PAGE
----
Despite the many alternatives that are out there, Microsoft Word remains one of the most popular word processors available.
However, most of us barely scratch the surface of its abilities.
With this selection of Microsoft Word tips, you can really step up your game, no matter which version you use, and you'll be able to work more efficiently than ever before.
1. Configure paste options
Word tries to be helpful when copied text is pasted into a document by automatically retaining the source formatting, while providing the option to change the text to match the formatting of the current document.
To avoid having to choose formatting options every time text is pasted, click the 'Office' button, followed by 'Word Options', then move to the 'Advanced' section. Under the 'Cut, copy and paste' heading, use the first four dropdown menus to choose a default setting for format pasting.
While configuring these options, untick the box labelled 'Show Paste Options Buttons' to prevent the formatting options pop-up from being displayed in the future.
2. Change full-justification formatting
When full justification is applied to a paragraph, Word ensures that text is vertically aligned on the left and right of the page by adjusting the spacing between words. While this usually isn't a problem, there are occasions when it can lead to a lot of visible white space.
By opting to use the justification style that's utilised in WordPerfect, the spacing between individual letters on each line is adjusted to allow for better-looking text when it spans from margin to margin.
To activate this option, click the 'Office' button, followed by 'Word Options', and then click the 'Advanced' link on the left. Scroll to the bottom of the advanced options and expand the 'Layout Options' entry. Now you just need to tick the box labelled 'Do Full Justification The Way WordPerfect 6.x For Windows Does', then click 'OK'.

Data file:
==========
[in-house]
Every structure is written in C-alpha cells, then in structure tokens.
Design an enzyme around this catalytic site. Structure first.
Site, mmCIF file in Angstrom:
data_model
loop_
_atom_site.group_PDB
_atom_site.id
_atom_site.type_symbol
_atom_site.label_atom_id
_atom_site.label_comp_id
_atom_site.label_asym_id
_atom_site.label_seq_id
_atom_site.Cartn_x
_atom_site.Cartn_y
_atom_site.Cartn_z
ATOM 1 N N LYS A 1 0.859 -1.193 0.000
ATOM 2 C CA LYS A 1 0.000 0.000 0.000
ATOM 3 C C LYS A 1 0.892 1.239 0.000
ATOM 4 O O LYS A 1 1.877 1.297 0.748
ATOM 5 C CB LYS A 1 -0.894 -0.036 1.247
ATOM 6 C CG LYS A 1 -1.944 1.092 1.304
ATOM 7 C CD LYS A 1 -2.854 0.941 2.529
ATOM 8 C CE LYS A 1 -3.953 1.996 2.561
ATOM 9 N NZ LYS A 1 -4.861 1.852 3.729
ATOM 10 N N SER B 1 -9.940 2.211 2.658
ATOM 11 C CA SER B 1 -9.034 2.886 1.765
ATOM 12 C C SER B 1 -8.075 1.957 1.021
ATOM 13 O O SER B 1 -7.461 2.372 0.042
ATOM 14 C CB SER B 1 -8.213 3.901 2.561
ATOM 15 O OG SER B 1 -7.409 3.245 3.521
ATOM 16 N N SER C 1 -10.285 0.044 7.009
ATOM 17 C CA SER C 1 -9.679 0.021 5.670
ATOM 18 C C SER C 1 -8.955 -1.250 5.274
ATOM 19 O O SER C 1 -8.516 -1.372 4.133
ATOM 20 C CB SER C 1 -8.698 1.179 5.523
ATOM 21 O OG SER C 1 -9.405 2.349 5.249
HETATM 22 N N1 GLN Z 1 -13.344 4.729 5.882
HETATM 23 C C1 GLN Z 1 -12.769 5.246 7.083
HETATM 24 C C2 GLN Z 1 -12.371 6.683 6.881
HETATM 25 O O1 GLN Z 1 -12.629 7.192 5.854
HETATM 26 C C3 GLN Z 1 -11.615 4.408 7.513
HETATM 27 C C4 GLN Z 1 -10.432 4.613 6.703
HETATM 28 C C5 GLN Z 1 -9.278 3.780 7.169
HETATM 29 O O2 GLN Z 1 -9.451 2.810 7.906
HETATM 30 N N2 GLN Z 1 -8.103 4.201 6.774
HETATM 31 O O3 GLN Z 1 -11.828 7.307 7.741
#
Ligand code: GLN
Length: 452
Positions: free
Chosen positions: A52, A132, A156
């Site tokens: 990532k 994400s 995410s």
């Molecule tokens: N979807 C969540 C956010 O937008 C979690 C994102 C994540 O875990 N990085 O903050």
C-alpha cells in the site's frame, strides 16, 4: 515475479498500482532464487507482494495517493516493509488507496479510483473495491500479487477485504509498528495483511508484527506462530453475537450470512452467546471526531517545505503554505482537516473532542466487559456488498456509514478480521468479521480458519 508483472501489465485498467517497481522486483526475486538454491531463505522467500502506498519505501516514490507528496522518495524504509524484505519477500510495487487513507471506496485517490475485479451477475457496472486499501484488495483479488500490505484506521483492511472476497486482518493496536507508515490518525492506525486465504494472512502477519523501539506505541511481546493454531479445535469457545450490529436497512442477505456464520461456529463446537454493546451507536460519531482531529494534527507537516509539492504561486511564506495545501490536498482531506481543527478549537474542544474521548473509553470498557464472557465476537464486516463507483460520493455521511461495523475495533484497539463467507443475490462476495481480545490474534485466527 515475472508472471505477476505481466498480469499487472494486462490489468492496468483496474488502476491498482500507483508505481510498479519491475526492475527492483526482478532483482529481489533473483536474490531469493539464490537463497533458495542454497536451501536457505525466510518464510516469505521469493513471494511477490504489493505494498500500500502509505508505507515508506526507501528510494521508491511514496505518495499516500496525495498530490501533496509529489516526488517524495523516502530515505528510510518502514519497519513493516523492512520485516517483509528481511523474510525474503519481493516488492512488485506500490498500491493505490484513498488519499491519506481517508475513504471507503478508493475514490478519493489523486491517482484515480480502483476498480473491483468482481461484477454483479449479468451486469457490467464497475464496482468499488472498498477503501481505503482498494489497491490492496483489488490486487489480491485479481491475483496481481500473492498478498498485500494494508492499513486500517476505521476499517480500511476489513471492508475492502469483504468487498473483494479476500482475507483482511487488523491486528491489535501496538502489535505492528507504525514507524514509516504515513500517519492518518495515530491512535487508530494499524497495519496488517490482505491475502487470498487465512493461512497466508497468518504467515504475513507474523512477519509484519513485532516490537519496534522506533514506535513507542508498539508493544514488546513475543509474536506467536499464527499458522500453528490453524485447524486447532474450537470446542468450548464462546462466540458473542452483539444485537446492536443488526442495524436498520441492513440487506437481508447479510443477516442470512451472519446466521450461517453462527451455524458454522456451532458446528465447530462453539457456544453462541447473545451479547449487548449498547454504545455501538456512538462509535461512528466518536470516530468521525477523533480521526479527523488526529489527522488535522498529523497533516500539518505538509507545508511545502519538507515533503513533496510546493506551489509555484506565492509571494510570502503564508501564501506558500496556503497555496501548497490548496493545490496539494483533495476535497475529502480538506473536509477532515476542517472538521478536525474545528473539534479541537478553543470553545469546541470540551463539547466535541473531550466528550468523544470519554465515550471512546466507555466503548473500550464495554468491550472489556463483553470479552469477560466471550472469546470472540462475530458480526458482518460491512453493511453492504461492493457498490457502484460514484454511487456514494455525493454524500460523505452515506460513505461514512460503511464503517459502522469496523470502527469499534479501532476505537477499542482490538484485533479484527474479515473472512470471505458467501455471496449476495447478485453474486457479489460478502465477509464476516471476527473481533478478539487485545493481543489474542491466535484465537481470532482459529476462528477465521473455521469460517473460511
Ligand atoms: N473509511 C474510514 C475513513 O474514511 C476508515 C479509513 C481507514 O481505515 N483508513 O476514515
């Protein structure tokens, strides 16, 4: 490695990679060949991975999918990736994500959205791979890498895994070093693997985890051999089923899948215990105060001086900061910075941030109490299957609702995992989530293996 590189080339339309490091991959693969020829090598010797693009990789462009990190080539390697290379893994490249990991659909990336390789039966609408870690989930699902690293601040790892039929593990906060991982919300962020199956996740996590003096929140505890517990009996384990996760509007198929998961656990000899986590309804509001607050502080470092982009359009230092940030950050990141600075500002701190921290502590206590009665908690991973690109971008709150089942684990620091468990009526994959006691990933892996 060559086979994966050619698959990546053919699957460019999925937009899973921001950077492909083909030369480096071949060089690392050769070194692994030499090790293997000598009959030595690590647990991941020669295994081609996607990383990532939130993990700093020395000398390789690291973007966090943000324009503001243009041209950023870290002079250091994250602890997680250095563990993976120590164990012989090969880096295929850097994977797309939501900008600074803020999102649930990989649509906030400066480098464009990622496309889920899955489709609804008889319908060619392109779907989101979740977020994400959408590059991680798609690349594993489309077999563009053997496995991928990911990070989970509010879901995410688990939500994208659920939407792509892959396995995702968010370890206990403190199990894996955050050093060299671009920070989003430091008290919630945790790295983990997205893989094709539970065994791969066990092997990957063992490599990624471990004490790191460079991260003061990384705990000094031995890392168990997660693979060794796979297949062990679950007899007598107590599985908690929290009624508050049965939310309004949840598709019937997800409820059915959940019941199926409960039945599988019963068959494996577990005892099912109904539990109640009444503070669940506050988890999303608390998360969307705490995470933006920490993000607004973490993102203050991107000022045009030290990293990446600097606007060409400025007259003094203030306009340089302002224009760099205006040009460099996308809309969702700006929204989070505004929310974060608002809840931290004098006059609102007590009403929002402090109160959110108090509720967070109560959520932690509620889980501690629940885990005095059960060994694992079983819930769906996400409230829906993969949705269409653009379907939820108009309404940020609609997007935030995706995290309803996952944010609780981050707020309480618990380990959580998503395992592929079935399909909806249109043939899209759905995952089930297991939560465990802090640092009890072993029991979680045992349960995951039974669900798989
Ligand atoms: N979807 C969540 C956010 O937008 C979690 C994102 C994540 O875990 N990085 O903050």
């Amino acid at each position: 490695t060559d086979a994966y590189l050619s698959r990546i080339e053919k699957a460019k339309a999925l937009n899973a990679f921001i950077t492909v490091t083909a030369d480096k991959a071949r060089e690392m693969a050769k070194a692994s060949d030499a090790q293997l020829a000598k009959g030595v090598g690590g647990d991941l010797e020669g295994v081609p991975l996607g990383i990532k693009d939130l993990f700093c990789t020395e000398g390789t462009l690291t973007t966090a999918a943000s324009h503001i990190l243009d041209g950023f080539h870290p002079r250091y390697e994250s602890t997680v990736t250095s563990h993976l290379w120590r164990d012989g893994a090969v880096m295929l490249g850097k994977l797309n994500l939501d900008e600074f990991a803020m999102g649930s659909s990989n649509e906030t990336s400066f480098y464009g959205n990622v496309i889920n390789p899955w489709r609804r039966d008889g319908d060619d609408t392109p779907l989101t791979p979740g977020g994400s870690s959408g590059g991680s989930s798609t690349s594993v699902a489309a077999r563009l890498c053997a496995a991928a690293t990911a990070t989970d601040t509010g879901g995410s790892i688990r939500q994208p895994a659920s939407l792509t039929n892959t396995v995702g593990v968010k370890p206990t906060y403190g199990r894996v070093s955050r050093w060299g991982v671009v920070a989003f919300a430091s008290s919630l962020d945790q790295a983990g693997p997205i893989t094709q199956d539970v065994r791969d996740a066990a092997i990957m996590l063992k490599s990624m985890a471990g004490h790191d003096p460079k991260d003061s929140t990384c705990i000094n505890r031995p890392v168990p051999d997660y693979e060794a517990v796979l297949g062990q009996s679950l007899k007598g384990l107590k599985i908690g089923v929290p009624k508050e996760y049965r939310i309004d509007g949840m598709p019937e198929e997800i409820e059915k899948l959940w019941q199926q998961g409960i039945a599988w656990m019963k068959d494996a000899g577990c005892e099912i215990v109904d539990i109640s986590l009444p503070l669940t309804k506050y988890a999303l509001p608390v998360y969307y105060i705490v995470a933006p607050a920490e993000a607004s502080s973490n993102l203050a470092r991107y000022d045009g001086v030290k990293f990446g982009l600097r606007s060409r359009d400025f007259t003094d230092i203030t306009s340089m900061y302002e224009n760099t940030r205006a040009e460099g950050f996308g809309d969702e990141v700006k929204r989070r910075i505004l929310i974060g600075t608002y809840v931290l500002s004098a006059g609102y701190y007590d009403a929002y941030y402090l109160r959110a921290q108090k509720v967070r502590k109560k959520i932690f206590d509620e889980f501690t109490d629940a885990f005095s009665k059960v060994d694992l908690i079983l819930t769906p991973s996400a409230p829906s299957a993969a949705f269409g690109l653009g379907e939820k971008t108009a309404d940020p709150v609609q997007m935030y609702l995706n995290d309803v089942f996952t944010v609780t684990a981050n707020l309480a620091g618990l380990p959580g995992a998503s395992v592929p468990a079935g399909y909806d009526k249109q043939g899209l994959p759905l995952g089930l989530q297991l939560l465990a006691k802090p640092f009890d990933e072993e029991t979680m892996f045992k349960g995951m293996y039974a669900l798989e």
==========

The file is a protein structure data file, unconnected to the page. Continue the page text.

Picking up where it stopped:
3. Use a hanging indent
One of the less frequently used means of formatting paragraphs is the hanging indent. This is where the first line is not indented, but all of the rest are.
Select the paragraph you'd like to format in this way, move to the Home tab and double-click the arrow icon in the lower right-hand corner of the 'Paragraph' pane.
On the Indents and Spacing tab, use the 'Special' dropdown menu in the middle of the dialog to select the 'Hanging' option and then indicate the indentation level. To apply the indent, click 'OK'.
4. Show and hide the ribbon
For many people, the ribbon interface used in Office 2007 is a great step forward, while others find it somewhat overwhelming. If you fall into the latter category, you'll be happy to know that the ribbon can be temporarily hidden to provide you with a larger working area and clear away the clutter.
It's also worth noting that the ribbon can quite easily be hidden by accident, so if this has happened, these tips can be used to show and hide it as required.
The first option is to click the down arrow icon at the end of the Quick Access Toolbar and tick or untick the 'Minimize the Ribbon' option. This menu can also be accessed by right-clicking anywhere on the ribbon.
The third option is to double-click one of the tabs at the top of the ribbon to toggle the ribbon on and off. Finally, you can always use the keyboard shortcut – simply press [Ctrl]+[F1].
5. Number pages
It's easy to configure a header and footer for your Word document so the page number is displayed on every page. In many instances, though, a document will have a title page for which a number is not required.